Q: Where did you receive your training and your experience?
A: I graduated from CIA in 87. Right after school I went to Gotham for 2
1⁄2 years, then I went to France and worked with Alain Chapel. I
came back to New York and worked at Le Bernardin for about a year, then
with Daniel at Le Cirque for about 6 months. Alfred Portale asked me to
come back as sous chef of Gotham and I worked there for four years, so
I put in a significant amount of time with him. That led to my job at Ansonia.
These guys were opening a place in 1996 on the Upper West Side, where there
were really no high end restaurants. One of the partners was a guy who
used to be a manager at Daniel, so they wanted something more upscale,
which is what they were used to. They got my name from Daniel, and that
was the first time I took over a kitchen by myself. Ansonia led to Judson
Grill, which was just an incredible experience for me – huge space,
high profile, and the owners were partners at Gotham so I had known them
for years. I got a three star review and eventually did a cookbook (Inspired
by Ingredients) – everything that I guess you’d want to do
as a chef, and it was all in New York City!
Q: What were your goals when you set out to start your own restaurant?
A: I was looking for a while to do something on my own, something a little
smaller where I could focus on what I like to do. I really wanted a restaurant
that is like this – comfortable, where people can get great food and
have a great wine list, and just be happy. It’s not about me, even
though the name is Telepan. That was against my wishes – it was mainly
because we couldn’t think of a better name, and a couple people close
to me told me ‘it’s a great name.’
Q: You’ve had some
reviewers in here already. Do you think it’s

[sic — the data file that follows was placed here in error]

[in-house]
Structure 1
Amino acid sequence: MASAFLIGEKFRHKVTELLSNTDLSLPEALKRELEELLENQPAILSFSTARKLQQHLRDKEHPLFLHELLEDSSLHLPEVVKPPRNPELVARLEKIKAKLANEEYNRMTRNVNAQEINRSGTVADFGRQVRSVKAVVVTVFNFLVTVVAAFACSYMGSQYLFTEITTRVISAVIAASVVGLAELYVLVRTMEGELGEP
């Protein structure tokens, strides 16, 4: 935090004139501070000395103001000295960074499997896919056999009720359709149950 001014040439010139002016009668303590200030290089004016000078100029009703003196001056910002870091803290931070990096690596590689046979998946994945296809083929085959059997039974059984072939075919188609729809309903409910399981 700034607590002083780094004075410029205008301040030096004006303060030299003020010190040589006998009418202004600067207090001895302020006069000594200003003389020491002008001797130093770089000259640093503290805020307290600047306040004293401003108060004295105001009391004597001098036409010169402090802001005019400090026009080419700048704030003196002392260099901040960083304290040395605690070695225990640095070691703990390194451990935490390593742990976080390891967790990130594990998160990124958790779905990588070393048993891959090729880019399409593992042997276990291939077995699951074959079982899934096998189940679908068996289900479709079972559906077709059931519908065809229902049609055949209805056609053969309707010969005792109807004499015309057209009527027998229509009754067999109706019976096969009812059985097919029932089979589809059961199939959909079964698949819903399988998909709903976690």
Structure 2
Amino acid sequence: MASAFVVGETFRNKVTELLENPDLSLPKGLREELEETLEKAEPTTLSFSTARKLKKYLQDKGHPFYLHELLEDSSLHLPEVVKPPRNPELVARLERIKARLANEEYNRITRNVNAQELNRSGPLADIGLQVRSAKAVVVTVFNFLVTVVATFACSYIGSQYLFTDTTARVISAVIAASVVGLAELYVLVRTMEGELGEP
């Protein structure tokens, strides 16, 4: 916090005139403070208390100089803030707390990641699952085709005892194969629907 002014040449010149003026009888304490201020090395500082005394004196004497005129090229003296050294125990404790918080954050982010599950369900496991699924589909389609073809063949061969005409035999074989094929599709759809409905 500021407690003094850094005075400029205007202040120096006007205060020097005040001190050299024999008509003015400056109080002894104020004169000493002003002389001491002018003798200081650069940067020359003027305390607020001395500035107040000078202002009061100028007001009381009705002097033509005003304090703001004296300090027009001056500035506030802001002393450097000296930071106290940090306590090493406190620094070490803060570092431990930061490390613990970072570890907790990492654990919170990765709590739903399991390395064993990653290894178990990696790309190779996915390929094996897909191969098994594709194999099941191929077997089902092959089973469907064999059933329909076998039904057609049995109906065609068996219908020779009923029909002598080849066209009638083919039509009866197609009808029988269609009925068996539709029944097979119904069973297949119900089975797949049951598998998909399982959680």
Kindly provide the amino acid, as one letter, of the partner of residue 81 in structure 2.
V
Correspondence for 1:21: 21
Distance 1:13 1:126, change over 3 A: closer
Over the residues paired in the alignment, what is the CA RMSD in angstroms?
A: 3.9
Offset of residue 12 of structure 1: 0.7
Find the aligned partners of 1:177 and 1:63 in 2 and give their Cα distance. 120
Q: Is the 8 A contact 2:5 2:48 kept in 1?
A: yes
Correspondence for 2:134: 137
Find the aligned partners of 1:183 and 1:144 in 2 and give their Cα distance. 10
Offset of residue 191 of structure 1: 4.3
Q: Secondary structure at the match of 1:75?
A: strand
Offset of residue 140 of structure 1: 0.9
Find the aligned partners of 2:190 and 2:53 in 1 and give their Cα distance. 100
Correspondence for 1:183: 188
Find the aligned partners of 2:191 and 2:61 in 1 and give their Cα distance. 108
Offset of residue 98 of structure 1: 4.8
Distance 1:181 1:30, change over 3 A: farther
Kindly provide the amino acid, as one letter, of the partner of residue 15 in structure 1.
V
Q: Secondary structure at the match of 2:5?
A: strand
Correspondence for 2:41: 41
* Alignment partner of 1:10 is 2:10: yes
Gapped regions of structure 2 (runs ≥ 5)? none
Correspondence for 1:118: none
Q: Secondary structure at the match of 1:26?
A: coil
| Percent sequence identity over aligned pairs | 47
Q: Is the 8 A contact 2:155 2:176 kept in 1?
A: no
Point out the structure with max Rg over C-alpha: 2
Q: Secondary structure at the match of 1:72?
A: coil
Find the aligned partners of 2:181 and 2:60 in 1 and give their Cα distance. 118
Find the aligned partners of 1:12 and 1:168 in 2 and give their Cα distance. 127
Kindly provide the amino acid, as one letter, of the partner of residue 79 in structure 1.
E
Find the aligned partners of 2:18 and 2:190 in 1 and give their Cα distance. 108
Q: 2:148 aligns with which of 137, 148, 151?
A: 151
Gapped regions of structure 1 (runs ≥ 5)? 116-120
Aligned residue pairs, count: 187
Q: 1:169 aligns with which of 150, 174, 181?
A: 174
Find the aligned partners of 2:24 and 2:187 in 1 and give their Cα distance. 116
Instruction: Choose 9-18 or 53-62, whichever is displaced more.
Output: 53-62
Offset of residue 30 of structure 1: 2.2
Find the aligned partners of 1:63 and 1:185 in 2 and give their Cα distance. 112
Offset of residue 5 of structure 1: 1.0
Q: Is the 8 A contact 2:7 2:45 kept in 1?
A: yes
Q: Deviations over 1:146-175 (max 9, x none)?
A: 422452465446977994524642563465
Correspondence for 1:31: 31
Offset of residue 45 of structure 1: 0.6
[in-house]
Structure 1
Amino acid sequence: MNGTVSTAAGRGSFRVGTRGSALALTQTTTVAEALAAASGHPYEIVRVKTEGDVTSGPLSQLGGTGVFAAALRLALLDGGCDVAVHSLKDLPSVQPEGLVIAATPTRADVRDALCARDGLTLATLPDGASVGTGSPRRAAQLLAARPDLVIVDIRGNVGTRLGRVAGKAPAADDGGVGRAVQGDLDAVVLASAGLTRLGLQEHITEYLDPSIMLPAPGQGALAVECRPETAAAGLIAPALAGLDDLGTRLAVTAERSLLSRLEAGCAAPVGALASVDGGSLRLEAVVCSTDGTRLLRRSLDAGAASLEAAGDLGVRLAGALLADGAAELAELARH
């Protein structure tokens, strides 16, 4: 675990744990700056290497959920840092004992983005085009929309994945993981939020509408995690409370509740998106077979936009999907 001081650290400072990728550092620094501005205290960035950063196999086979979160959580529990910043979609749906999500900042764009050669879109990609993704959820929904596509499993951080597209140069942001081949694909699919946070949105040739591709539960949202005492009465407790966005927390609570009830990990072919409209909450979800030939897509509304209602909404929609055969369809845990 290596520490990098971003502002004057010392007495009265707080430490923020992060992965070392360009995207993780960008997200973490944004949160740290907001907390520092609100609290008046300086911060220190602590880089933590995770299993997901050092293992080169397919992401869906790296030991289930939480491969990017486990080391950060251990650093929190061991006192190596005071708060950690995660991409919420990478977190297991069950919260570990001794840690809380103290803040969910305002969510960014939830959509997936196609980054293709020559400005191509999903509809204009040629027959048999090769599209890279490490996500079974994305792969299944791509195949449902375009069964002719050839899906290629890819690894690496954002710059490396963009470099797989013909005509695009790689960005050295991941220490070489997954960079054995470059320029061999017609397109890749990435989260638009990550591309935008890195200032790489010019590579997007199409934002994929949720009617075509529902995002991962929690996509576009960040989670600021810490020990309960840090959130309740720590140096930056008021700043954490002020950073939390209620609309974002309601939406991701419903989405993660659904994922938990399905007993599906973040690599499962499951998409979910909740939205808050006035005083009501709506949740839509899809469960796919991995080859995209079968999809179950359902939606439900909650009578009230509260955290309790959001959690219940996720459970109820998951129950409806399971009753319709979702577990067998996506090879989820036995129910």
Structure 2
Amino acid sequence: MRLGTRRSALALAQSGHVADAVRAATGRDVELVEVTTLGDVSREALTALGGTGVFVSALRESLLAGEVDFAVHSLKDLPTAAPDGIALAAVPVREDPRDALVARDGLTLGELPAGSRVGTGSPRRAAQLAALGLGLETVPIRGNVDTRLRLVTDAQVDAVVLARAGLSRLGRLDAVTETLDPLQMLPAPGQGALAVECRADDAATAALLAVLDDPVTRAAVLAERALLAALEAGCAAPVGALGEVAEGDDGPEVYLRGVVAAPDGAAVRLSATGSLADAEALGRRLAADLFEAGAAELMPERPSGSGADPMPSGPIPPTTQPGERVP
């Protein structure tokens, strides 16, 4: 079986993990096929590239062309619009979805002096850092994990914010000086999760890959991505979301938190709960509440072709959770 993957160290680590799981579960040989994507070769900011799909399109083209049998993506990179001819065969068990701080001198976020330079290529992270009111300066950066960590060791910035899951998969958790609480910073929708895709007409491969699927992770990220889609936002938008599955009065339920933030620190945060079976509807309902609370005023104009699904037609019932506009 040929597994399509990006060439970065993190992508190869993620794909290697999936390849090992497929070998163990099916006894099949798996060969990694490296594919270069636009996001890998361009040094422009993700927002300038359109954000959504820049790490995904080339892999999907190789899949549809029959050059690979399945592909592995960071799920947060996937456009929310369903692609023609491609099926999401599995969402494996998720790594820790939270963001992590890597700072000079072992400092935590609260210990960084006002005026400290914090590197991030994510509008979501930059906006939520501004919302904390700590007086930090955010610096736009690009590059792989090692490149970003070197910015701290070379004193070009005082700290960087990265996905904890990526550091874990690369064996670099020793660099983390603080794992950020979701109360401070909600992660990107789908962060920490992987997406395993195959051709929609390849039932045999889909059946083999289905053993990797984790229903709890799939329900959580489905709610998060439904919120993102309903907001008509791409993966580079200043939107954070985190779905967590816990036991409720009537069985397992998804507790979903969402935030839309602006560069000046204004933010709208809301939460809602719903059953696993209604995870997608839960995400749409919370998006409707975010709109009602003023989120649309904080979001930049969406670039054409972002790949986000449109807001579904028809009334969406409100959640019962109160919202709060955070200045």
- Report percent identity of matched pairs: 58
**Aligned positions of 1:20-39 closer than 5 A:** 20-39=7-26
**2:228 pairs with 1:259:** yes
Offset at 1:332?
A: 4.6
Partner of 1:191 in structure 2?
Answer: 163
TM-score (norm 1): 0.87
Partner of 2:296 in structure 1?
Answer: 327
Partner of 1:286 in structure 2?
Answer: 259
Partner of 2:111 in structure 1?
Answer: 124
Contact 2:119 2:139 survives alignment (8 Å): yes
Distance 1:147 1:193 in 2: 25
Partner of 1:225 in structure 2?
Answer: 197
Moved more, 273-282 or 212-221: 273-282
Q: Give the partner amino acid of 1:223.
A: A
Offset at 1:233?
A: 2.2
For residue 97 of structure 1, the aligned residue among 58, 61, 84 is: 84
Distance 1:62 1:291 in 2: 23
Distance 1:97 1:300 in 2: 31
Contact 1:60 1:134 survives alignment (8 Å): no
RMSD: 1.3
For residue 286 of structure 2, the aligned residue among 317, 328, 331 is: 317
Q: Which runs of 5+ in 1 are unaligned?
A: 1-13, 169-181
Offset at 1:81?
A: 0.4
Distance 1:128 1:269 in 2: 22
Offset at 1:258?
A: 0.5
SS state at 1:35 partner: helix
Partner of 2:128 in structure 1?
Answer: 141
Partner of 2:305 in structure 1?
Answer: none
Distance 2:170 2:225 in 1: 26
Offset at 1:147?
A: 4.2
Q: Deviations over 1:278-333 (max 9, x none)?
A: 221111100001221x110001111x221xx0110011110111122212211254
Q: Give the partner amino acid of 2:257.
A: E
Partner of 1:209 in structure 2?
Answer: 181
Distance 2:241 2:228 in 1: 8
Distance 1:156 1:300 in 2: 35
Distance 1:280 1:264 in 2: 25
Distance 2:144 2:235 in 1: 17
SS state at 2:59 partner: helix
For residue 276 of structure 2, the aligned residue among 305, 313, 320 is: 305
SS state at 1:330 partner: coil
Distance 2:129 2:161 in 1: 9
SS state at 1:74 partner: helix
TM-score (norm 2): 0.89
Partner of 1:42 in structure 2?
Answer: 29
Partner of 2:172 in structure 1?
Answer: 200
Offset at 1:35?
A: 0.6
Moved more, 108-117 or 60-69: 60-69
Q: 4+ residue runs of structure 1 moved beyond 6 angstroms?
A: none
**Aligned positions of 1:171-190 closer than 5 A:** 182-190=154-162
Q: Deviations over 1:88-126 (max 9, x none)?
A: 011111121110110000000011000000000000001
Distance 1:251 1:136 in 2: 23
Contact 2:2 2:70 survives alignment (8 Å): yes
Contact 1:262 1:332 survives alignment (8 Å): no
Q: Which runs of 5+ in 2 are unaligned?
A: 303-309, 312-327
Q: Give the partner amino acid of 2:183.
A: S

a little early for that?
A: I don’t know why they come so early, its not real fair assessment
of what the restaurant will be. We’ve gotten better in strides in only
a month. It’s just like getting a new job, you start the job and you’re
not really comfortable in it until three months and you’re not really
doing well until 6 months - you need to get warmed up. But that’s the
way it is now, our industry has gotten more attention; more magazines, bigger
sections in newspapers, and that’s what happens. I’m not going
to sit here and complain about it, we knew it coming in, and we’re
lucky that we were able to bring people in early and train them so when we
opened it wasn’t awkward. I started this process with this place in
July of 2004 so it took a year and a half to reach the opening and it’s
all going to come down to a few opinions in about six weeks.
the cuisine here at Telepan Restaurant
A: Some things were pulled over from Judson because I thought they were really
good! Some things were directly culled from things I did at Judson, some
seem like they were pulled from Judson but are new, and some are just completely
different. It’s still very seasonal, it’s very American. I’m
Hungarian so the food that I grew up with also influences me.
Q: What are
the Hungarian ingredients you tend to use?
A: Paprika, lots of cabbage dishes. Pierogis are on the menu, they’re
very similar to ravioli, so instead of doing ravioli we do a pierogi. We’re
doing a black truffle one now that’s made with potato and white truffle
filling, so there’s still that element that’s close to home.
I’ve done them in the past with beet greens and farmer’s cheese,
and squash. I think of them like ravioli, and how you’re going to stuff
them. It doesn’t contain any fat, it’s just the eggs and water
and flower. I lean toward the Hungarian side this time of year because it’s
colder and the food tends to be a little richer.
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